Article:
Pop Quiz, Monday with Niall Weintraub, Co-founder of MoneyCentro.com

Niall Weintraub

The Pop Quiz, Monday is a fun little exam that we love to give to savvy business owners. The examination is not a surprise after all since the interviewee already knew about the questions in advance. However, we can always pretend and have fun with the scenario of a young entrepreneur sitting in class nervously biting on their pencil. They are ready to take a pop quiz on a chapter that they were supposed to read the night before. Instead, they played Metroid all night on their SNES (Oops, this was me in high school). The real purpose of the pop quiz is that this is a fun way to introduce business tips from real-world experiences that you can not learn in a classroom. We want to thank our entrepreneur for being a good sport and volunteering their time to answer a few questions to help our community grow from their knowledge.

I want to introduce you to our guest today who will be taking our Pop Quiz Monday.

Can you please tell everyone your name?
Niall Weintraub

Niall Weintraub
Photo credit: Niall Weintraub 

What is your job role?
I’m the co-founder of MoneyCentro.com, and I focus mostly on content and partnerships.

Tell us about your company?
Money Centro is a resource for entrepreneurs and small business owners to grow their businesses intelligently and profitably. So much time is wasted in entrepreneurship trying to solve problems that someone else has already solved. As such, we try to aggregate best-in-class advice and information across core business functions such as marketing, finance, legal, etc., so entrepreneurs can learn from the experts in these areas.

What do you love most about your job?
My partner and I are both research geeks and entrepreneurs, so we already spend a lot of time researching business best practices and innovations. MoneyCentro.com has created the space for us to centralize all that we learn and hopefully help lots of other entrepreneurs along the way.

What motivates you to get up every day and go to work?
For me, ideas are like a drug. The rush I get from hearing a brilliant idea from someone I collaborate with or read is a pretty strong motivator.

How do your co-workers inspire you?
My co-founder, for example, has an unusually wide range of skills, from coding to marketing to sales to analytics, so he’s been able to grow profitable businesses for very little investment and no employees. Most times I think we need to outsource some function, he finds a tool or hack that enables us to do it ourselves. This has inspired me to broaden my skills to try and become more of this type of DIY entrepreneur.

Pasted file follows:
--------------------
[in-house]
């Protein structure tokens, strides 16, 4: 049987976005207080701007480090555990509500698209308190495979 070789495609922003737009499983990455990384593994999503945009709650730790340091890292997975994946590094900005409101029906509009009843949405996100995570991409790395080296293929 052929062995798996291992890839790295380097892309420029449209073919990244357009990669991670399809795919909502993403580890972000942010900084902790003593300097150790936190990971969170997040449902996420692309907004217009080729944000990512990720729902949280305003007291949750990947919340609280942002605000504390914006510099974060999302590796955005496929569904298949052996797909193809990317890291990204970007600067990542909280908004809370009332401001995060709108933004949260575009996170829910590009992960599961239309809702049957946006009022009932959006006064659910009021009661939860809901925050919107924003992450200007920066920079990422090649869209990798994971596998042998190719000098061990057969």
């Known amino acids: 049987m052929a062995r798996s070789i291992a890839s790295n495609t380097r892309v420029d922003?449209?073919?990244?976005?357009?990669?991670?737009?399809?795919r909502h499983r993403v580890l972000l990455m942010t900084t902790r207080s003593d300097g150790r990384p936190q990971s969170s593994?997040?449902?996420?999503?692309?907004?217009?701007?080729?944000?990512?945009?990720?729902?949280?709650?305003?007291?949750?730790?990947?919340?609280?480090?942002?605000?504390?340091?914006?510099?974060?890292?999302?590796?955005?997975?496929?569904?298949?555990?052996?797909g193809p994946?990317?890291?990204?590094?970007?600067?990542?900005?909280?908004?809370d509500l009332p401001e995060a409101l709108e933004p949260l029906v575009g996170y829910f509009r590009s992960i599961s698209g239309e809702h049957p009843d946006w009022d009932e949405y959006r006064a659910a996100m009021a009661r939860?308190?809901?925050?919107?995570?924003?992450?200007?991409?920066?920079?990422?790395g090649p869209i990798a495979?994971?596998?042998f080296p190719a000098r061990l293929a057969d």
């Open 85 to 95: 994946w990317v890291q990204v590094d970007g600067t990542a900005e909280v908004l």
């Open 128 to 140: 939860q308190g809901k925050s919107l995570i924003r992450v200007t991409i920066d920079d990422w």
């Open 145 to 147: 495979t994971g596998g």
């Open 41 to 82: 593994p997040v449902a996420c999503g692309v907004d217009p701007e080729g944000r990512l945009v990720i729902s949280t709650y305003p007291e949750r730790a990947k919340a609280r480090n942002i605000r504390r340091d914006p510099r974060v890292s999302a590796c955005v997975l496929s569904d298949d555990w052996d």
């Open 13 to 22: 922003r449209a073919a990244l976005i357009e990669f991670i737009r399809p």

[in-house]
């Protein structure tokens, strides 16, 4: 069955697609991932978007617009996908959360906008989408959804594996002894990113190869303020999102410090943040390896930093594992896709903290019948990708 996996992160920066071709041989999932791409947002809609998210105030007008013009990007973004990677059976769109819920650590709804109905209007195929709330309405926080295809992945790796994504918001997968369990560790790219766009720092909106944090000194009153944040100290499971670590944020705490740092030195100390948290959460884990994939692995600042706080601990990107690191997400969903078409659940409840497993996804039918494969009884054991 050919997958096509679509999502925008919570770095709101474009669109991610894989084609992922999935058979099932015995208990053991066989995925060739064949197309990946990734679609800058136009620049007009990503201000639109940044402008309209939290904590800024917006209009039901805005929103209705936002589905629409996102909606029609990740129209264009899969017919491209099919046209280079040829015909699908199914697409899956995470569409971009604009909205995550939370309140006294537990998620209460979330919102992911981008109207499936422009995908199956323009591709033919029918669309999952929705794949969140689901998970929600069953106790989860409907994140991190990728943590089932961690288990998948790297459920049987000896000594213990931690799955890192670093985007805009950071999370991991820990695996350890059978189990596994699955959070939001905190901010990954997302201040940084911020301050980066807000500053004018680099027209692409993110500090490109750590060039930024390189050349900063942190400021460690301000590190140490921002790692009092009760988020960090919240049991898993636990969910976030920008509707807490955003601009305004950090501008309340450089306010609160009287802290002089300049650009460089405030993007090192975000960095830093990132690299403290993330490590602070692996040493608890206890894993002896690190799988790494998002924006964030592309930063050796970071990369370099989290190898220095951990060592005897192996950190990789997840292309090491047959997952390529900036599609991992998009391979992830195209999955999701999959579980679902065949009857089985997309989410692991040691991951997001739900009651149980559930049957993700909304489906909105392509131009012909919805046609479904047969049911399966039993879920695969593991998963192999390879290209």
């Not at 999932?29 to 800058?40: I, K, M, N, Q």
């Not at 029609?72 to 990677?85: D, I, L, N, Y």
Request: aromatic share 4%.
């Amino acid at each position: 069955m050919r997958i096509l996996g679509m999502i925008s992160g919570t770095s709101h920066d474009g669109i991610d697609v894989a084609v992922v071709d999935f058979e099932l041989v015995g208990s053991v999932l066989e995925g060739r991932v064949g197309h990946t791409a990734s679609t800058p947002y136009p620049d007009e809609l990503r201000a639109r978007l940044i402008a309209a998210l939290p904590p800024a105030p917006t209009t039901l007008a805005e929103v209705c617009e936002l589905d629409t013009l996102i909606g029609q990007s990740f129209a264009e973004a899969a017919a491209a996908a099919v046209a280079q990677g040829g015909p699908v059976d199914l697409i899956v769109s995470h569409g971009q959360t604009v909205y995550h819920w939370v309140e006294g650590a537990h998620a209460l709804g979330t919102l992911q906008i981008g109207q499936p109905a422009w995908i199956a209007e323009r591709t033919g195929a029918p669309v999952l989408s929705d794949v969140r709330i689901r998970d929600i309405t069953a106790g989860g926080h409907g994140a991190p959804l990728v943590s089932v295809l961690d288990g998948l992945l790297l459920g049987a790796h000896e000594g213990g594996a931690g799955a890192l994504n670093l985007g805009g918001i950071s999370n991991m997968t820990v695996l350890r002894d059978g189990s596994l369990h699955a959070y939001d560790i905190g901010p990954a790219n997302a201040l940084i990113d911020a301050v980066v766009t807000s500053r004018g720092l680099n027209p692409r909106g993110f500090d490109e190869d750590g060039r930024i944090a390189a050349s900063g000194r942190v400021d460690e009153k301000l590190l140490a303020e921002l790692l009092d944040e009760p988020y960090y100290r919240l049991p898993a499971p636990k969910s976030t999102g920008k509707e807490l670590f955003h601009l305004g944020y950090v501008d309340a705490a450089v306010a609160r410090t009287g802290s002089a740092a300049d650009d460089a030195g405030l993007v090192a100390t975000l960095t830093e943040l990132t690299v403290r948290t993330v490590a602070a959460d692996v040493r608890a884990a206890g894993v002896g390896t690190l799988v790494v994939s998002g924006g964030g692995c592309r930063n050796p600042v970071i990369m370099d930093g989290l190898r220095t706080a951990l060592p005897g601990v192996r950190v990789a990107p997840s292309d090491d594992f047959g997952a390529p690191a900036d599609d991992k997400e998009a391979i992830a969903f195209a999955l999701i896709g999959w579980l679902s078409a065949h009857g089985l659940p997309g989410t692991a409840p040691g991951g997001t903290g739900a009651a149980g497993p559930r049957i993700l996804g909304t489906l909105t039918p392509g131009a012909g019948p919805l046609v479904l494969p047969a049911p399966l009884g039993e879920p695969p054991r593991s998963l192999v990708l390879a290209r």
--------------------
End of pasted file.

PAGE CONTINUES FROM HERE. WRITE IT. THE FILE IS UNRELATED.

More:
How do you have fun at work (team building, pranks, etc..)?
We use Slack, which is a fantastic collaboration tool but also allows you to share funny videos, GIFs, etc., easily within the message threads. Because a large group often sees these, it inspires people to step up their game and find amusing content.

What are some of the challenges of your job?
I think one of the hardest things for any startup or small business is prioritization – there are always way too many things to do and not enough time or resources to do them. We try to score potential projects across dimensions of impact and effort, so we focus our time on high impact and low to medium effort initiatives. Even so, the list requires constant revising and debating.

What are some lessons learned from a past project that you can share with us?
We have pretty deep expertise in digital advertising, so we often start there when looking to promote a new affiliate partner on our site. So, when we launched our first comparison credit card page, we started pushing paid Facebook traffic there immediately. The problem was, the funnel was too long. To complete a transaction, a user would have to click on the Facebook ad, then go to our landing page, then go to the credit card deals page of our partner, then go to the actual Chase or Amex page and signup. We tried to battle it many different ways, improving cost or conversion rate on this or that part of the funnel. Ultimately, though, we realized that we needed to have a direct partnership with the credit card companies to make the numbers work, so we shifted focus to other verticals in the meantime. In general, that’s how we work – test rigorously and thoroughly, but get learnings fast, so you don’t continue to pour too much time and money into something that has a low probability of success.

What advice would you give to someone who is starting in your industry?
I think people today who go into entrepreneurship often have this “billionaire or bust” mentality, which is endemic to the venture-backed startup world. To me, the spectrum of entrepreneurial success is much wider and encompasses smaller, but significant achievements, such as being able to quit your job and be your boss or just having a small source of consistent, passive income. So, rather than trying to raise large sums of money or maxing out your credit cards to go all-in on one speculative idea, start small and test different ideas in a more limited, “proof of concept” sort of way. It’s so cheap to spin up a templated website and then use the constellation of free or inexpensive tools out there to see if an idea has legs before throwing a ton of resources at it. And even if it doesn’t become the next Uber, it could still become a nice additional income stream.

Thank you for taking our pop quiz today. You get an A+ for effort. You can learn more about our interviewee and their business by visiting them on the web:

Author: Ricky Singh, MBA

Editor of The Startup Growth.

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